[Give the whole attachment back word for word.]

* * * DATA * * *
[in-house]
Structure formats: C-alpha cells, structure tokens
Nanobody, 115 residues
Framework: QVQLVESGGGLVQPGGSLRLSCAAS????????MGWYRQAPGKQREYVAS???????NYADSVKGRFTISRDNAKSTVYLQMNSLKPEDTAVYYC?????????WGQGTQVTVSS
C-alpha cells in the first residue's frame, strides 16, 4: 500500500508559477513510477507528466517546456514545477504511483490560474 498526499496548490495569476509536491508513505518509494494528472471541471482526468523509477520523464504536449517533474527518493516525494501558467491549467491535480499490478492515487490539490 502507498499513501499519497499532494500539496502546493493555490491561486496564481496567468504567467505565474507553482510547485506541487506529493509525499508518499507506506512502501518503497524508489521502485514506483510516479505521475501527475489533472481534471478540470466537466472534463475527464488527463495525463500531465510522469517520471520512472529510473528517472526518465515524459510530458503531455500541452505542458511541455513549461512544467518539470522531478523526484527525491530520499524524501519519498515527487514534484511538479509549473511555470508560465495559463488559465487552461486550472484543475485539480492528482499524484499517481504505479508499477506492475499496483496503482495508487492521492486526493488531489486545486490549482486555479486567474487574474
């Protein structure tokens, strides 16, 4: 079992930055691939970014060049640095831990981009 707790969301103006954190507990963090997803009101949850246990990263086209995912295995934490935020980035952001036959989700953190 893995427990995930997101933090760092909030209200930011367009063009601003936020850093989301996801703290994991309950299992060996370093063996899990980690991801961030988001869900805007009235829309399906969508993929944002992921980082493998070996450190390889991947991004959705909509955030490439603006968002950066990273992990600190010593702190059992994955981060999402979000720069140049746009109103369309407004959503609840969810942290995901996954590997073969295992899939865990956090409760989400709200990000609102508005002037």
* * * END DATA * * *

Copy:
[in-house]
Structure formats: C-alpha cells, structure tokens
Nanobody, 115 residues
Framework: QVQLVESGGGLVQPGGSLRLSCAAS????????MGWYRQAPGKQREYVAS???????NYADSVKGRFTISRDNAKSTVYLQMNSLKPEDTAVYYC?????????WGQGTQVTVSS
C-alpha cells in the first residue's frame, strides 16, 4: 500500500508559477513510477507528466517546456514545477504511483490560474 498526499496548490495569476509536491508513505518509494494528472471541471482526468523509477520523464504536449517533474527518493516525494501558467491549467491535480499490478492515487490539490 502507498499513501499519497499532494500539496502546493493555490491561486496564481496567468504567467505565474507553482510547485506541487506529493509525499508518499507506506512502501518503497524508489521502485514506483510516479505521475501527475489533472481534471478540470466537466472534463475527464488527463495525463500531465510522469517520471520512472529510473528517472526518465515524459510530458503531455500541452505542458511541455513549461512544467518539470522531478523526484527525491530520499524524501519519498515527487514534484511538479509549473511555470508560465495559463488559465487552461486550472484543475485539480492528482499524484499517481504505479508499477506492475499496483496503482495508487492521492486526493488531489486545486490549482486555479486567474487574474
């Protein structure tokens, strides 16, 4: 079992930055691939970014060049640095831990981009 707790969301103006954190507990963090997803009101949850246990990263086209995912295995934490935020980035952001036959989700953190 893995427990995930997101933090760092909030209200930011367009063009601003936020850093989301996801703290994991309950299992060996370093063996899990980690991801961030988001869900805007009235829309399906969508993929944002992921980082493998070996450190390889991947991004959705909509955030490439603006968002950066990273992990600190010593702190059992994955981060999402979000720069140049746009109103369309407004959503609840969810942290995901996954590997073969295992899939865990956090409760989400709200990000609102508005002037």